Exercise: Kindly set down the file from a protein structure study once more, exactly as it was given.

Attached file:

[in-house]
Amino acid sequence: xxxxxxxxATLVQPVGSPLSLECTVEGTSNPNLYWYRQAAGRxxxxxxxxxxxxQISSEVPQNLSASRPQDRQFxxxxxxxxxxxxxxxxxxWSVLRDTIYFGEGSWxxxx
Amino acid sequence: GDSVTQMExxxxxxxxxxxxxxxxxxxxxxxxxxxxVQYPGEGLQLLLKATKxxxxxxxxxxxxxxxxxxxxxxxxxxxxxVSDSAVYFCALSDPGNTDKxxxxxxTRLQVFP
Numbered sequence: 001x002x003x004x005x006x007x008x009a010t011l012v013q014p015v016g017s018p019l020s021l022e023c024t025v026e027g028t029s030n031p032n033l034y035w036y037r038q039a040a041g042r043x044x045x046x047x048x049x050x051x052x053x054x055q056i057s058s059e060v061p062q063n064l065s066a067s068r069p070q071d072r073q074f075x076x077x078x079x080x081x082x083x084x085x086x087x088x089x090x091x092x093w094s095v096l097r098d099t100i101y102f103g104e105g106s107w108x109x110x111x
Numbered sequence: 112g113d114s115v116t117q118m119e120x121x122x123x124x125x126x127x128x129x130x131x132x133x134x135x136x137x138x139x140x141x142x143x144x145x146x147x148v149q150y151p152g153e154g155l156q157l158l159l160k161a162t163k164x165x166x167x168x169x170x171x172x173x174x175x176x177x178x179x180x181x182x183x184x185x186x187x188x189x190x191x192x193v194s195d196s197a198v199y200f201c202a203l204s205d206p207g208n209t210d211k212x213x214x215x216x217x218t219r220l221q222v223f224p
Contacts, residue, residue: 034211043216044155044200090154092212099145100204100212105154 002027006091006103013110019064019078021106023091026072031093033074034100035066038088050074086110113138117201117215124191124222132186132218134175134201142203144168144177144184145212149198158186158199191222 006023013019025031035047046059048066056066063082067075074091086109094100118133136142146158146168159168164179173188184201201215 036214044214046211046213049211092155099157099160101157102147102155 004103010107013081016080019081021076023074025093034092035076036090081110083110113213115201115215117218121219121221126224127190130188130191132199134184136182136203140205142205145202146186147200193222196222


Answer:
[in-house]
Amino acid sequence: xxxxxxxxATLVQPVGSPLSLECTVEGTSNPNLYWYRQAAGRxxxxxxxxxxxxQISSEVPQNLSASRPQDRQFxxxxxxxxxxxxxxxxxxWSVLRDTIYFGEGSWxxxx
Amino acid sequence: GDSVTQMExxxxxxxxxxxxxxxxxxxxxxxxxxxxVQYPGEGLQLLLKATKxxxxxxxxxxxxxxxxxxxxxxxxxxxxxVSDSAVYFCALSDPGNTDKxxxxxxTRLQVFP
Numbered sequence: 001x002x003x004x005x006x007x008x009a010t011l012v013q014p015v016g017s018p019l020s021l022e023c024t025v026e027g028t029s030n031p032n033l034y035w036y037r038q039a040a041g042r043x044x045x046x047x048x049x050x051x052x053x054x055q056i057s058s059e060v061p062q063n064l065s066a067s068r069p070q071d072r073q074f075x076x077x078x079x080x081x082x083x084x085x086x087x088x089x090x091x092x093w094s095v096l097r098d099t100i101y102f103g104e105g106s107w108x109x110x111x
Numbered sequence: 112g113d114s115v116t117q118m119e120x121x122x123x124x125x126x127x128x129x130x131x132x133x134x135x136x137x138x139x140x141x142x143x144x145x146x147x148v149q150y151p152g153e154g155l156q157l158l159l160k161a162t163k164x165x166x167x168x169x170x171x172x173x174x175x176x177x178x179x180x181x182x183x184x185x186x187x188x189x190x191x192x193v194s195d196s197a198v199y200f201c202a203l204s205d206p207g208n209t210d211k212x213x214x215x216x217x218t219r220l221q222v223f224p
Contacts, residue, residue: 034211043216044155044200090154092212099145100204100212105154 002027006091006103013110019064019078021106023091026072031093033074034100035066038088050074086110113138117201117215124191124222132186132218134175134201142203144168144177144184145212149198158186158199191222 006023013019025031035047046059048066056066063082067075074091086109094100118133136142146158146168159168164179173188184201201215 036214044214046211046213049211092155099157099160101157102147102155 004103010107013081016080019081021076023074025093034092035076036090081110083110113213115201115215117218121219121221126224127190130188130191132199134184136182136203140205142205145202146186147200193222196222